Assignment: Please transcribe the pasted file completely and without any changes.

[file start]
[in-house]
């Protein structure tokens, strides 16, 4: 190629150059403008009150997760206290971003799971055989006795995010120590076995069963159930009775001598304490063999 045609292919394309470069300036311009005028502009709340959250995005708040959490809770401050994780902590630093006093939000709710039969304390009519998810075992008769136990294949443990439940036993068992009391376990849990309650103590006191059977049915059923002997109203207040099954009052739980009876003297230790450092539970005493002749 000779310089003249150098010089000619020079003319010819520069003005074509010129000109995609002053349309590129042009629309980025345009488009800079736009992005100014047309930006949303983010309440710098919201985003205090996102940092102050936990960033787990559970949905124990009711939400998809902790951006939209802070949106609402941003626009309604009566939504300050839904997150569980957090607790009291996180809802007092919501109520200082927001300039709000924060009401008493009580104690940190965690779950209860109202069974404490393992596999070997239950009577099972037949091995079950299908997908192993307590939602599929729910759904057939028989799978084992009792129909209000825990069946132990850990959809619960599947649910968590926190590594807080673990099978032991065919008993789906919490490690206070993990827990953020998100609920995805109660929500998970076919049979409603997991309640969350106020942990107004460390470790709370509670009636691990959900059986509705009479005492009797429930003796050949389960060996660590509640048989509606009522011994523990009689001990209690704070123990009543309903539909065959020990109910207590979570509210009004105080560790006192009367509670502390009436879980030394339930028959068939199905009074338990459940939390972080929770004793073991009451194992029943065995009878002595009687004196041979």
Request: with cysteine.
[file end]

[in-house]
């Protein structure tokens, strides 16, 4: 190629150059403008009150997760206290971003799971055989006795995010120590076995069963159930009775001598304490063999 045609292919394309470069300036311009005028502009709340959250995005708040959490809770401050994780902590630093006093939000709710039969304390009519998810075992008769136990294949443990439940036993068992009391376990849990309650103590006191059977049915059923002997109203207040099954009052739980009876003297230790450092539970005493002749 000779310089003249150098010089000619020079003319010819520069003005074509010129000109995609002053349309590129042009629309980025345009488009800079736009992005100014047309930006949303983010309440710098919201985003205090996102940092102050936990960033787990559970949905124990009711939400998809902790951006939209802070949106609402941003626009309604009566939504300050839904997150569980957090607790009291996180809802007092919501109520200082927001300039709000924060009401008493009580104690940190965690779950209860109202069974404490393992596999070997239950009577099972037949091995079950299908997908192993307590939602599929729910759904057939028989799978084992009792129909209000825990069946132990850990959809619960599947649910968590926190590594807080673990099978032991065919008993789906919490490690206070993990827990953020998100609920995805109660929500998970076919049979409603997991309640969350106020942990107004460390470790709370509670009636691990959900059986509705009479005492009797429930003796050949389960060996660590509640048989509606009522011994523990009689001990209690704070123990009543309903539909065959020990109910207590979570509210009004105080560790006192009367509670502390009436879980030394339930028959068939199905009074338990459940939390972080929770004793073991009451194992029943065995009878002595009687004196041979």
Request: with cysteine.